Asteroid mining firm Planetary Resources plans to launch its first spacecraft next week. If all goes according to plan, the company's A3 spacecraft will launch aboard an Orbital Science Corporation Antares rocket on October 28.
UPDATED 10/28/2014: The Orbital Sciences Antares Rocket carrying the A3 demonstrator exploded shortly after launch. Orbital Sciences is reporting a "vehicle anomaly" as the cause. The mission is now under evaluation by NASA. Video of the event can be found here. We wish Planetary Resources the best and hope to see the new A6 on the launch pad very soon.
The craft is named after the Star Wars droid manufactured by Arakyd Industries, a probe deployed to locate galactic resources. The A3 is being sent to the International Space Station, where it will released into space via one of the station's airlocks. The A3 is a low-cost nanosatellite designed to test the avionics, attitude determination, propulsion, and control systems for the upcoming Arkyd 100 space telescope. The Arkyd is an optical and hyperspectral sensing telescope that will begin prospecting for asteroid mining targets in late 2015. It will mark the first time that a space telescope has been deployed for a commercial purpose.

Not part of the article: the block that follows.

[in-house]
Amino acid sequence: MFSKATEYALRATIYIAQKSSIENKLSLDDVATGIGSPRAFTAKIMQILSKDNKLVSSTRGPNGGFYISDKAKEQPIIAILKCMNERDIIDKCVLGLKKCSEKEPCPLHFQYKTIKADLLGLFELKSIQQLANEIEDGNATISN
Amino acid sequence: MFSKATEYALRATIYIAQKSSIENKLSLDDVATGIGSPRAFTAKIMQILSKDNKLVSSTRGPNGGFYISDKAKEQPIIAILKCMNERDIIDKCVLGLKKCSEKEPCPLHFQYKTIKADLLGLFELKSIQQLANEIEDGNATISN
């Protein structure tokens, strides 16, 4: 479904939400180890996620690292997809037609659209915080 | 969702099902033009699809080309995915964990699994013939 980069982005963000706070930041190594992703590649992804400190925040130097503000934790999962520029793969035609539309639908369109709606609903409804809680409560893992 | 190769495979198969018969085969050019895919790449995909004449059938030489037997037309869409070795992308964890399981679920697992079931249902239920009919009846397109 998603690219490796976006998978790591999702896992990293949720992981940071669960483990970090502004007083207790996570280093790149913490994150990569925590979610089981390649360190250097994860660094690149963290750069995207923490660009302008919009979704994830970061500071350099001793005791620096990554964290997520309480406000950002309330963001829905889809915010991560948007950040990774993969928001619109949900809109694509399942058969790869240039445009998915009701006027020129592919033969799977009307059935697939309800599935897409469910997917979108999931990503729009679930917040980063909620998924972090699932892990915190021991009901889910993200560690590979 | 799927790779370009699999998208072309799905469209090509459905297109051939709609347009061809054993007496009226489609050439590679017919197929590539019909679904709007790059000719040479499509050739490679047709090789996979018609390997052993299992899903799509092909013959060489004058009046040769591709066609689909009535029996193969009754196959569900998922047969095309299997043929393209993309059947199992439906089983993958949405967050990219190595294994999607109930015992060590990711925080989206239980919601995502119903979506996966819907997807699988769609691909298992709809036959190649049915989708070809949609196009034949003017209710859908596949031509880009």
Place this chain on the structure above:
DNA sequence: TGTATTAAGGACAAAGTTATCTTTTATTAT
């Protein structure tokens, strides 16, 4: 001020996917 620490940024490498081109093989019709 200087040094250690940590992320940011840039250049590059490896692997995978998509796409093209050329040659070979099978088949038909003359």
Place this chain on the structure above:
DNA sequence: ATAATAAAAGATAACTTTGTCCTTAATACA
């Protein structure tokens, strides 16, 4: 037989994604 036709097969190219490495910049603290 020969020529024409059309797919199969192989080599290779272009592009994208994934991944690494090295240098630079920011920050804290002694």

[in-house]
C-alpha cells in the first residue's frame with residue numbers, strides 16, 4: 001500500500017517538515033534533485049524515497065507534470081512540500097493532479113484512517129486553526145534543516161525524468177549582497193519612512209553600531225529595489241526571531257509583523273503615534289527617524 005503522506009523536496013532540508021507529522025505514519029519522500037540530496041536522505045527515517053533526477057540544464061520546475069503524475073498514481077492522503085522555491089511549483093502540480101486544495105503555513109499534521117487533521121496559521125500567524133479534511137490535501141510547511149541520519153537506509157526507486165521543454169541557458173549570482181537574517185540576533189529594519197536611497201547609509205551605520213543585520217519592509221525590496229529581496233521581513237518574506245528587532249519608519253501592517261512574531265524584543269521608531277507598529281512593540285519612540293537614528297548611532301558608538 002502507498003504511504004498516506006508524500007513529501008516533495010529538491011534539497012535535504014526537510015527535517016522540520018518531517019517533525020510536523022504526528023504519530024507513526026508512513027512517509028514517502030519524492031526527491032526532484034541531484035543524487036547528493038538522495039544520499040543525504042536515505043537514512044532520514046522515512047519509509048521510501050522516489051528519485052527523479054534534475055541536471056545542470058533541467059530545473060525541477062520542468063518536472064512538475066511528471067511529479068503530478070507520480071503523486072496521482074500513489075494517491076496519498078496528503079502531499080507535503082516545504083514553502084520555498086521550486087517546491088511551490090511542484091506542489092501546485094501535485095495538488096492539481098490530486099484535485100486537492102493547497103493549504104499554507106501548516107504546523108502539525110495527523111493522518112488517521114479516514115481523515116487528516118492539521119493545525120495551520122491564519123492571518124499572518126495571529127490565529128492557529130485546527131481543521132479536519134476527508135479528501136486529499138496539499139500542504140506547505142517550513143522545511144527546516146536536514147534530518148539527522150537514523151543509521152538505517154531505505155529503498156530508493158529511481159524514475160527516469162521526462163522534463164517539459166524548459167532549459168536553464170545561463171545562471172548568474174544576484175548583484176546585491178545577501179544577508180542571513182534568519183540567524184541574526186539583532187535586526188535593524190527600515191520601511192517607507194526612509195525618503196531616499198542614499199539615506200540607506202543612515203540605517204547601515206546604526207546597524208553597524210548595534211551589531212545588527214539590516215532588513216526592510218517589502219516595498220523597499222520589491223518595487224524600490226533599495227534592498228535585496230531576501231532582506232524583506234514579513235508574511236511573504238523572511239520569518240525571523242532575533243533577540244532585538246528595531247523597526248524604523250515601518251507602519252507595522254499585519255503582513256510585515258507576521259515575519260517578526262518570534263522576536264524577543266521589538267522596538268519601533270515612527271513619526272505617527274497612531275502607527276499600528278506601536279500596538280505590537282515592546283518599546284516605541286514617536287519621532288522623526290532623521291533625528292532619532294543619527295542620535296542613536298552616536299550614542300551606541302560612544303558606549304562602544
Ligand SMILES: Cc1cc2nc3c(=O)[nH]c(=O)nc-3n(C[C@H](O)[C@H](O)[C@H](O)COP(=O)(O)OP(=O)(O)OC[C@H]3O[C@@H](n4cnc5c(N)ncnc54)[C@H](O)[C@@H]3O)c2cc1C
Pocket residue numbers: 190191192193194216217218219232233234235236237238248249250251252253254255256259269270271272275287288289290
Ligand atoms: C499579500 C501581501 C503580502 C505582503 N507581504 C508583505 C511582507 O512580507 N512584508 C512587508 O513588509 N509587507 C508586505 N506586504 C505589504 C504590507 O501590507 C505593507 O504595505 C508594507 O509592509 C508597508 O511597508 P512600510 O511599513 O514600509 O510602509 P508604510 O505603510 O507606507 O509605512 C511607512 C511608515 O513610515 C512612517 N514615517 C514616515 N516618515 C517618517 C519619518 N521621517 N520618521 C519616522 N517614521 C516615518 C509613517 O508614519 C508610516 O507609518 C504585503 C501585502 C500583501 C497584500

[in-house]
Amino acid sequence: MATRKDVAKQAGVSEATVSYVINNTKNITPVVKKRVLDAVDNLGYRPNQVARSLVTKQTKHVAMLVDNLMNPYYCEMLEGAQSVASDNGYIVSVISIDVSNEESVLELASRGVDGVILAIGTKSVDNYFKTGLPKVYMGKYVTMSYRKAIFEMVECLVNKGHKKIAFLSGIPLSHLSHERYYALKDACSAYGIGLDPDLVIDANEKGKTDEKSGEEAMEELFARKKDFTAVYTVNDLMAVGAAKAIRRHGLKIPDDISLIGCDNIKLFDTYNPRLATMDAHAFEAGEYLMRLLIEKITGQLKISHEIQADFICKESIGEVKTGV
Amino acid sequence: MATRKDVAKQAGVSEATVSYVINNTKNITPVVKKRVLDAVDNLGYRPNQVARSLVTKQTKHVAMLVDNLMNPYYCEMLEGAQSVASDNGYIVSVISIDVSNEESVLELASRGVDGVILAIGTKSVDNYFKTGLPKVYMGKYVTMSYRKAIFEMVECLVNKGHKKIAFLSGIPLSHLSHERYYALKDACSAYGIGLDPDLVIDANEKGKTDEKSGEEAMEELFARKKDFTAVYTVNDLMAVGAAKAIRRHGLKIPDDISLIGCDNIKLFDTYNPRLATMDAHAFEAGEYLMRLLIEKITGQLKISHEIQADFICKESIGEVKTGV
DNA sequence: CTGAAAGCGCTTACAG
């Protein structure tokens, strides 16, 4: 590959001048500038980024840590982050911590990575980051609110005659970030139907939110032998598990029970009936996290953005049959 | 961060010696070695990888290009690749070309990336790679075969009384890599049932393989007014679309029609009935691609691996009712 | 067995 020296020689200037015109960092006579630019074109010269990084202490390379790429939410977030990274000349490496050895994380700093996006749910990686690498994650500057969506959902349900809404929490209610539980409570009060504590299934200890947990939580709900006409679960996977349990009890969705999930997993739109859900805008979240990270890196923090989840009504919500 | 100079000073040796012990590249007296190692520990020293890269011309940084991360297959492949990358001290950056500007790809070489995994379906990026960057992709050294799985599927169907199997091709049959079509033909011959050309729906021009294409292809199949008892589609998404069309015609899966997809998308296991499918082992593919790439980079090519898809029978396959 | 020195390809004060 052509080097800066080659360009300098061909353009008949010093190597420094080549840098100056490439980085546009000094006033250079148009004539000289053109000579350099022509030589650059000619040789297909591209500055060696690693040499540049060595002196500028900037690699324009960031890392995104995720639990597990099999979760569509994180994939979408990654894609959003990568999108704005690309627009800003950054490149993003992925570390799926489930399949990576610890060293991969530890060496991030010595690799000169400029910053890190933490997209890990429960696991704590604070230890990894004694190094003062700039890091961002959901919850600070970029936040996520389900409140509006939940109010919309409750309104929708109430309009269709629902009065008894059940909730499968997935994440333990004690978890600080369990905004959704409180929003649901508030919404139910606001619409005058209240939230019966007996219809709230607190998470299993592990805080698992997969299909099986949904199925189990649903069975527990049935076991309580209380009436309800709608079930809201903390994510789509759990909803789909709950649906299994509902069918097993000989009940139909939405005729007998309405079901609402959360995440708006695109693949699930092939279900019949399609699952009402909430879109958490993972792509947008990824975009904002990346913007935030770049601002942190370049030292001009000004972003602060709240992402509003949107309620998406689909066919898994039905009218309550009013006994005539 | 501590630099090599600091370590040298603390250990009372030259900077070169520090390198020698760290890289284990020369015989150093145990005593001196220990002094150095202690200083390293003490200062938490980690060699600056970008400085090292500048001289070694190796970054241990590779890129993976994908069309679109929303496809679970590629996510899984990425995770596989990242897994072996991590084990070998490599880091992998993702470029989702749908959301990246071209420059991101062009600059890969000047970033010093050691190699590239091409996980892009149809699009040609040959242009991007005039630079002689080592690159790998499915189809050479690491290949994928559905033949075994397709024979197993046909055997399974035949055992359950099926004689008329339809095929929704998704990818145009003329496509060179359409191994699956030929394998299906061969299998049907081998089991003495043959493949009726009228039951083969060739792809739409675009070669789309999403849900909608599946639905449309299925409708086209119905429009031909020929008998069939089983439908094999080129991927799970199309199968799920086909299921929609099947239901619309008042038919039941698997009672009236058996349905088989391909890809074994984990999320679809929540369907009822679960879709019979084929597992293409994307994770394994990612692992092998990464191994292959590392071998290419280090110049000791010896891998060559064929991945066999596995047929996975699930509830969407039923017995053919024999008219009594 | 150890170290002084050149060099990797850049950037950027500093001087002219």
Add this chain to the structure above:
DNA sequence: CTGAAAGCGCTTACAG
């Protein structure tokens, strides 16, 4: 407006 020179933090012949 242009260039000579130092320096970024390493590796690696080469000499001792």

Asteroid mining continues to be a hot topic here on Earth. The European Space Agency's Rosetta probe arrived at comet 67P/Churyumov-Gerasimenko in August, and next month will deploy the Philae lander onto the comet's surface. In July we saw the introduction of the of the Asteroid Act -- the first piece of legislation designed to facilitate the commercial exploration of space resources. Now that business enterprises and nations are developing the technologies required to exploit space resources, space lawyers are hard at work laying the legal foundation for the new space economy. Check out the infographic below detailing how this new industry will take shape.
We will be closely tracking the progress of the A3 launch here on FuelSpace, subscribe to our news feed to get the latest updates!